A new study published in the journal Blood Coagulation & Fibrinolysis, looked at the impact of hereditary factor X deficiency (HFXD) on patients and caregivers in the United States. HFXD is an ultra-rare bleeding disorder that occurs in approximately 1 in 500,000 to 1 in a million people globally.

People with this condition can experience a wide range of bleeding symptoms that range from mild to severe. Symptoms can include nose bleeds, easy bruising, bleeding after trauma or surgery. Joint bleeds, excessive umbilical cord bleeding, and intramuscular bleeds can also occur.

HFXD is also linked to a high risk for intracranial hemorrhaging in infants. Females often experience additional symptoms and complications including heavy menstrual bleeding, first trimester miscarriage, and post-partum hemorrhaging

The online survey was open to patients with HFXD and/or their caregivers in the United States from October 2021 through June 2022. Survey questions were designed to shed light on patient/caregiver experiences with diagnosis, bleeding episodes, treatment, and the effect of the disease on their quality of life (Qol). A total of 30 and 38 people completed the patient and caregiver surveys respectively. 

76% of patient responders indicated that they were either diagnosed at birth or in early childhood after a bleeding episode. The majority were diagnosed within three months of the initial symptoms, while a minority (7%) received a diagnosis 12 months or more after the first symptoms. Overall, 23% of patients and 26% of caregivers reported that the path to diagnosis was somewhat/very difficult.

“Often, manifestations of severe HFXD are observed in early childhood and patients may present with spontaneous life-threatening hemorrhage during the first month of life, explained the authors. “Patients with milder deficiencies may experience a delay in diagnosis. Perhaps attributable to these delays, one in four patients surveyed found the diagnostic process somewhat/very difficult.” 

The majority of patients (77%) indicated that they receive care at a hemophilia treatment center. The most often used therapies were single factor replacement (53%), fresh frozen plasma (27%), and oral contraceptives (13%). These therapies were used either as stand-alone treatments or in combination. Bleeding episodes were less frequent in patients using single factor replacement vs an alternative therapy.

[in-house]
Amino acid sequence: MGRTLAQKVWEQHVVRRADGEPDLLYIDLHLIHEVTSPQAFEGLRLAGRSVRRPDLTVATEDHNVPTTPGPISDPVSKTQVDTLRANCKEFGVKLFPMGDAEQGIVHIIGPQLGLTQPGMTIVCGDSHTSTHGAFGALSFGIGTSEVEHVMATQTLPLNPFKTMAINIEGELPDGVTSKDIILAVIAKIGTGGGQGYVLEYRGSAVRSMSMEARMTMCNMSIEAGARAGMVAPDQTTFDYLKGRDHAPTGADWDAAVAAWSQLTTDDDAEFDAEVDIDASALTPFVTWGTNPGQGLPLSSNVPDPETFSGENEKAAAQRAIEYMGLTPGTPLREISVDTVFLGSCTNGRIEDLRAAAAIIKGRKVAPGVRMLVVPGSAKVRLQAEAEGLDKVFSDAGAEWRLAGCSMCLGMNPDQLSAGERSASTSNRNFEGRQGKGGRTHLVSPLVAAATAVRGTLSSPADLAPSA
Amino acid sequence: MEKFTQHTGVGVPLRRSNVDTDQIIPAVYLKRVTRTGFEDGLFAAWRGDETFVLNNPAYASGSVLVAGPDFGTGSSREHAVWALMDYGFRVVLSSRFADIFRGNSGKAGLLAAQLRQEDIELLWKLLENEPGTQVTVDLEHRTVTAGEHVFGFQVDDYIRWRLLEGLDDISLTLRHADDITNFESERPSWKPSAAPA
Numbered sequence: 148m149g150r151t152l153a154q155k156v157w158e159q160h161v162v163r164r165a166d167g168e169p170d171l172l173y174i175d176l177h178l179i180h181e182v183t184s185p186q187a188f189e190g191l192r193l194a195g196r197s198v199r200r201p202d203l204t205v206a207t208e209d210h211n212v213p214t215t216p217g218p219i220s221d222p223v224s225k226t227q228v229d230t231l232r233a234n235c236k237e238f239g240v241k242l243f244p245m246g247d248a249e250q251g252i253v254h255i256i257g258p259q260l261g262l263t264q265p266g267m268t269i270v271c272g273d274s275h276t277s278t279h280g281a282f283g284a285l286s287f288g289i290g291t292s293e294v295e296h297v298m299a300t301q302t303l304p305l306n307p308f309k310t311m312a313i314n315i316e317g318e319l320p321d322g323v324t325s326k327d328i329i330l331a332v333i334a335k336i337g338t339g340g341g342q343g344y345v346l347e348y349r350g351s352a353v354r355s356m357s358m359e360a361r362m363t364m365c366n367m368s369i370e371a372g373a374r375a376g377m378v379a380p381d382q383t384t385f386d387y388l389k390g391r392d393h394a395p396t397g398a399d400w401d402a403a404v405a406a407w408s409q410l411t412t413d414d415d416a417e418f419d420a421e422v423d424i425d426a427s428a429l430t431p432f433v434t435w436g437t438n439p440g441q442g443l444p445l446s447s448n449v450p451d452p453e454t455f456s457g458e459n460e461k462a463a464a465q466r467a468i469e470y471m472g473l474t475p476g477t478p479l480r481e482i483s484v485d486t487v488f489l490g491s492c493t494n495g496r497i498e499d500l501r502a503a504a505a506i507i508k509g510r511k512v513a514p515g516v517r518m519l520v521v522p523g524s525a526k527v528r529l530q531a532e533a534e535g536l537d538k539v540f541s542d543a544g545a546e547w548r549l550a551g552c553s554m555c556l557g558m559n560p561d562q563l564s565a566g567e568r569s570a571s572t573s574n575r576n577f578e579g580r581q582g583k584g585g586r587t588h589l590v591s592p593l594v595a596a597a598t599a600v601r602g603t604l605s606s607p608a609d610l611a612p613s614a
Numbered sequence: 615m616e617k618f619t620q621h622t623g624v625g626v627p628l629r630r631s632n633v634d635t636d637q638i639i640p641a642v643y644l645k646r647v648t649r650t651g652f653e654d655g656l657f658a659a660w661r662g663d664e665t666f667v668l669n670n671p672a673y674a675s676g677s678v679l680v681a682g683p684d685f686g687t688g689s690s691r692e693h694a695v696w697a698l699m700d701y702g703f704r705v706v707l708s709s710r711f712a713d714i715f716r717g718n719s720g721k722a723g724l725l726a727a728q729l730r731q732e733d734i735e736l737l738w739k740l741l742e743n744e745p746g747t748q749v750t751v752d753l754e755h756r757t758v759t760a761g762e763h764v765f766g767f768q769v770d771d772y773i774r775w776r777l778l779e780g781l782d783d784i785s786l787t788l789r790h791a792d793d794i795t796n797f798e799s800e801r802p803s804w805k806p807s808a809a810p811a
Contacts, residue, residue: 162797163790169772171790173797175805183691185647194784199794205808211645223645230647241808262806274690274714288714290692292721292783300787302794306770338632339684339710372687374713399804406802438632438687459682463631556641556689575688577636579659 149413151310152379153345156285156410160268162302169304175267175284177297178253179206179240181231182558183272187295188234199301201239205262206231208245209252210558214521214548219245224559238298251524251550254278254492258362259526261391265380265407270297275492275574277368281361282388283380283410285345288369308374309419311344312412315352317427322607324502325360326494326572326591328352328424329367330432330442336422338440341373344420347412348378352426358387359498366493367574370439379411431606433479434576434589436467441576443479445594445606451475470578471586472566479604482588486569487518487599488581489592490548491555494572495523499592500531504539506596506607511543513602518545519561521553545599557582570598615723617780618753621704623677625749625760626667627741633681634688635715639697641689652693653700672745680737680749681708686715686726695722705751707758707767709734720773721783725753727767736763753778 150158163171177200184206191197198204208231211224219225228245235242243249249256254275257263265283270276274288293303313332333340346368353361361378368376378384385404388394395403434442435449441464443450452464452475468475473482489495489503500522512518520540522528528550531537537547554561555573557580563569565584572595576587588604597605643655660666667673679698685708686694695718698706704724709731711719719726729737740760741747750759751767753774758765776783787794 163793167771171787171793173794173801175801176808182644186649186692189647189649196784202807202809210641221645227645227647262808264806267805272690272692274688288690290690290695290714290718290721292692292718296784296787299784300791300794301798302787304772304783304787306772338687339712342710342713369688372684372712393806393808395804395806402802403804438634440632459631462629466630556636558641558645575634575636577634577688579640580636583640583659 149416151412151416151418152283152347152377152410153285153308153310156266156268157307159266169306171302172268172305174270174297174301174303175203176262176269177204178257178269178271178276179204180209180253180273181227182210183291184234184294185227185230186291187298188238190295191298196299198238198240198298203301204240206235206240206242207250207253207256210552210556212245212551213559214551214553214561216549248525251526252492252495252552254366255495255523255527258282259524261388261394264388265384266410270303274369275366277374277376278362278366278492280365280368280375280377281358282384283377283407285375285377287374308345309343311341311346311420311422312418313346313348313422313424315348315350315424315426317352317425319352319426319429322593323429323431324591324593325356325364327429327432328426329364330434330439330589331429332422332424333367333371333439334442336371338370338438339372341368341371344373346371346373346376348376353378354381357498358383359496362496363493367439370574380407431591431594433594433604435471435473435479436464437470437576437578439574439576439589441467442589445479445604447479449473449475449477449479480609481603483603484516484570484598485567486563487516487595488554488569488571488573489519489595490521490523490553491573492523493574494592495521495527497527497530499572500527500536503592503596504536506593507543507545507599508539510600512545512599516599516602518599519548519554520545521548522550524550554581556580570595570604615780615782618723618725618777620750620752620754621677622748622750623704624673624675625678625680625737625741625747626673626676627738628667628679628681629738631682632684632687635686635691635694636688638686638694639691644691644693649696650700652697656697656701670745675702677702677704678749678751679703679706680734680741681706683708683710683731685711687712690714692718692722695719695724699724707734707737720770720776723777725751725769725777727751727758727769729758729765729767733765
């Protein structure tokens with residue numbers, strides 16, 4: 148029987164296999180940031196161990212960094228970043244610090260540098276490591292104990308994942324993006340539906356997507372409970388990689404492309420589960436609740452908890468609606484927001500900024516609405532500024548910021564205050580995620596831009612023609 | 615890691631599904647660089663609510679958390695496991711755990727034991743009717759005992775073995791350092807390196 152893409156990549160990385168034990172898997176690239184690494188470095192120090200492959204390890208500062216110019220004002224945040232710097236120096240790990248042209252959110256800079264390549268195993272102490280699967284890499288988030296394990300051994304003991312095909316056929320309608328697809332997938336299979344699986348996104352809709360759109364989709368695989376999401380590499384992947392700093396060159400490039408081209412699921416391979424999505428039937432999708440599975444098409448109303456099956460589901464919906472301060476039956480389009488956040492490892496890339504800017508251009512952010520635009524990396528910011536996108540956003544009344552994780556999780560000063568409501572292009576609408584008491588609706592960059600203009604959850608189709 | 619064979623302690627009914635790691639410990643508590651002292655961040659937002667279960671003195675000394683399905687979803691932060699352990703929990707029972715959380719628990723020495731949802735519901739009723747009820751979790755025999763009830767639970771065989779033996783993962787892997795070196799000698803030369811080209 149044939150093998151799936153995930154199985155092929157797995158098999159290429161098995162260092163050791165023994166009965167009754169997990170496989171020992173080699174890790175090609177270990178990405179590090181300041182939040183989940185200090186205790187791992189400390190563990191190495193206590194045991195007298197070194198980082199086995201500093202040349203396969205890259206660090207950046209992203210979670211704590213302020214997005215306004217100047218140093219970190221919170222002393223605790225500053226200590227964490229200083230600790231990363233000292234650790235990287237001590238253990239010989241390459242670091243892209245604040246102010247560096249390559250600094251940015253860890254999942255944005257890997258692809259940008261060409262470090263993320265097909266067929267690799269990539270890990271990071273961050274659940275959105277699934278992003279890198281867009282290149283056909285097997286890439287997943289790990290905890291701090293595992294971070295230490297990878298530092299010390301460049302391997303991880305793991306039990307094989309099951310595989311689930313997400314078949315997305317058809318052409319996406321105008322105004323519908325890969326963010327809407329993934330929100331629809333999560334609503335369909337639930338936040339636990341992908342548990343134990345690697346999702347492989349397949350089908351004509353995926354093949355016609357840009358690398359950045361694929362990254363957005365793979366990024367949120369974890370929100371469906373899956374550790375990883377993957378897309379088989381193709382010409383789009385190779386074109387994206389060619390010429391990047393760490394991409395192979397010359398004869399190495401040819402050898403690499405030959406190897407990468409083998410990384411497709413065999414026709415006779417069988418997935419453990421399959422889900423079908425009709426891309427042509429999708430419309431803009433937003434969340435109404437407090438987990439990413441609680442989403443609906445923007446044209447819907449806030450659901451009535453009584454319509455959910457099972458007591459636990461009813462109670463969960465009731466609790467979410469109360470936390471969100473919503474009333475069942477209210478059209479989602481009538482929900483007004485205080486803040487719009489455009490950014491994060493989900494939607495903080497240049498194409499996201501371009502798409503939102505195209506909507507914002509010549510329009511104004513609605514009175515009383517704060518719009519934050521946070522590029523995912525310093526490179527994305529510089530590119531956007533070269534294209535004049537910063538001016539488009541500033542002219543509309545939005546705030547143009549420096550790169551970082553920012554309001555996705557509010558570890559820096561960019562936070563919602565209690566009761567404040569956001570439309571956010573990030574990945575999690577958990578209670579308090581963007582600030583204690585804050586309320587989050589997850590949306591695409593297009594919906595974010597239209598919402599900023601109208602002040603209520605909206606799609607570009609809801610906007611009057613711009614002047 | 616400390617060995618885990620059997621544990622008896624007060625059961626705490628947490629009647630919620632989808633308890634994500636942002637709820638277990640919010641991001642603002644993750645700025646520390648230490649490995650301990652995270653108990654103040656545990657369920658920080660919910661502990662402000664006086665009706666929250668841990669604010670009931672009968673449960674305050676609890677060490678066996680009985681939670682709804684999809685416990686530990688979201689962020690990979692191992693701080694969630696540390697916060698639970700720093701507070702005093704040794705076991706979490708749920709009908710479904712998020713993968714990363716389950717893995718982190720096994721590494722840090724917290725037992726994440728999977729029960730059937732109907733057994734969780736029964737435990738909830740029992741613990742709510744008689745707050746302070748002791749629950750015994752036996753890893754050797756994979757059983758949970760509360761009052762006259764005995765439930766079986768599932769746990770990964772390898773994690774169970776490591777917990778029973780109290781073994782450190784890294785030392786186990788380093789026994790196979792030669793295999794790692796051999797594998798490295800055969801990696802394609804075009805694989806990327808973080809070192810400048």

Bleeding episodes were prevalent with 63% of patients experiencing one-to-three bleeds within just four weeks of survey completion. Easy bruising/hematomas, along with bleeding into muscles and joints were the most commonly reported symptoms. While some of these bleeds were caused by trauma others were spontaneous bleeding events.

All patients indicated some degree of satisfaction with their current treatments to control bleeding and improve their quality of life. However, patient respondents perceived a relatively poorer well-being overall relative to the general population. Caregivers reported that they were satisfied at least some of the time with how treatments helped control bleeding in the patients under their care, while 58% reported satisfaction all of the time.

“Even with the advances in treatment options, management of HFXD could be improved through earlier diagnosis, earlier initiation of treatment, and optimization of medical management, which may lead to better QoL and wellbeing for both patients and caregivers,” explained the authors.

The lead author of the paper is Brian Branchford, MD, with the Versiti Medical Sciences Institute, Medical College of Wisconsin in Milwaukee. Dr. Branchford is a former recipient of the NHF (now NBDF) -Takeda Clinical Fellowship.

Branchford and his co-authors empathized the value of a patient-reported outcome (PRO) focus in such a rare condition.

“Overall, the HFXD in America Survey provides the first PRO-focused glimpse of disease burden and insight into significant diagnosis and treatment gaps that negatively impact the HFXD community, concluded the authors. “Opportunities to collect data over the course of several years may add further to our understanding of this rare coagulation disorder.”

Access this link to read the full article and learn more about the study design, results, and limitations.

Supplemental Resources-


Branchford, Briana; Clark, Kimb; Stanford, Richard H.c; Garner, Denise A.d; Huang, Shirley P.c; Wolford, Ericb. Hereditary factor X deficiency in America survey: impact on quality of life and burden of disease in patients and caregivers. Blood Coagulation & Fibrinolysis ():10.1097/MBC.0000000000001275, February 22, 2024. | DOI: 10.1097/MBC.0000000000001275

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